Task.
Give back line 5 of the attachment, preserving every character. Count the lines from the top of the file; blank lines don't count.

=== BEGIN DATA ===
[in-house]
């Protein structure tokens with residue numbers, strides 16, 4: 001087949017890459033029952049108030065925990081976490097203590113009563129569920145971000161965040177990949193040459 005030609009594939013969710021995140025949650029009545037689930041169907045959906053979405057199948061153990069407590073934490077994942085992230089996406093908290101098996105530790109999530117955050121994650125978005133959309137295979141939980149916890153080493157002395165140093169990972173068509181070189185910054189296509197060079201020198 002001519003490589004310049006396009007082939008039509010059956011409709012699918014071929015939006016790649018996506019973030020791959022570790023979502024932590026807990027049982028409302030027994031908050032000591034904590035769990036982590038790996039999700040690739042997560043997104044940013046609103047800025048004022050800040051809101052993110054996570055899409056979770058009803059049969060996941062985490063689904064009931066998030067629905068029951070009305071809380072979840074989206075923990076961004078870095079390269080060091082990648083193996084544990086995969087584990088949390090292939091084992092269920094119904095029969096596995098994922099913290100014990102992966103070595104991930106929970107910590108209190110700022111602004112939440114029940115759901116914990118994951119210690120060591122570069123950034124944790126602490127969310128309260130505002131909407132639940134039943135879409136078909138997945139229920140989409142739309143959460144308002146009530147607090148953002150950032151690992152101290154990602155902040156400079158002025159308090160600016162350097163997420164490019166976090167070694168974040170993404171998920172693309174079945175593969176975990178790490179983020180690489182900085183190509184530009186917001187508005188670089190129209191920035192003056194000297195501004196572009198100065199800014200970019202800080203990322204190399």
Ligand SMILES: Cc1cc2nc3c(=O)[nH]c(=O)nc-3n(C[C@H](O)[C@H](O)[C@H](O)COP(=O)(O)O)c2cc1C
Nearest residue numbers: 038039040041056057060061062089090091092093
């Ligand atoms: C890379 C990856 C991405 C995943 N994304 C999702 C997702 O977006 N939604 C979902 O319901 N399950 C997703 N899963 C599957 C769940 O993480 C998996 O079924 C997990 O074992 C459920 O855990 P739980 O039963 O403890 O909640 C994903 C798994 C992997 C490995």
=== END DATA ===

């Ligand atoms: C890379 C990856 C991405 C995943 N994304 C999702 C997702 O977006 N939604 C979902 O319901 N399950 C997703 N899963 C599957 C769940 O993480 C998996 O079924 C997990 O074992 C459920 O855990 P739980 O039963 O403890 O909640 C994903 C798994 C992997 C490995």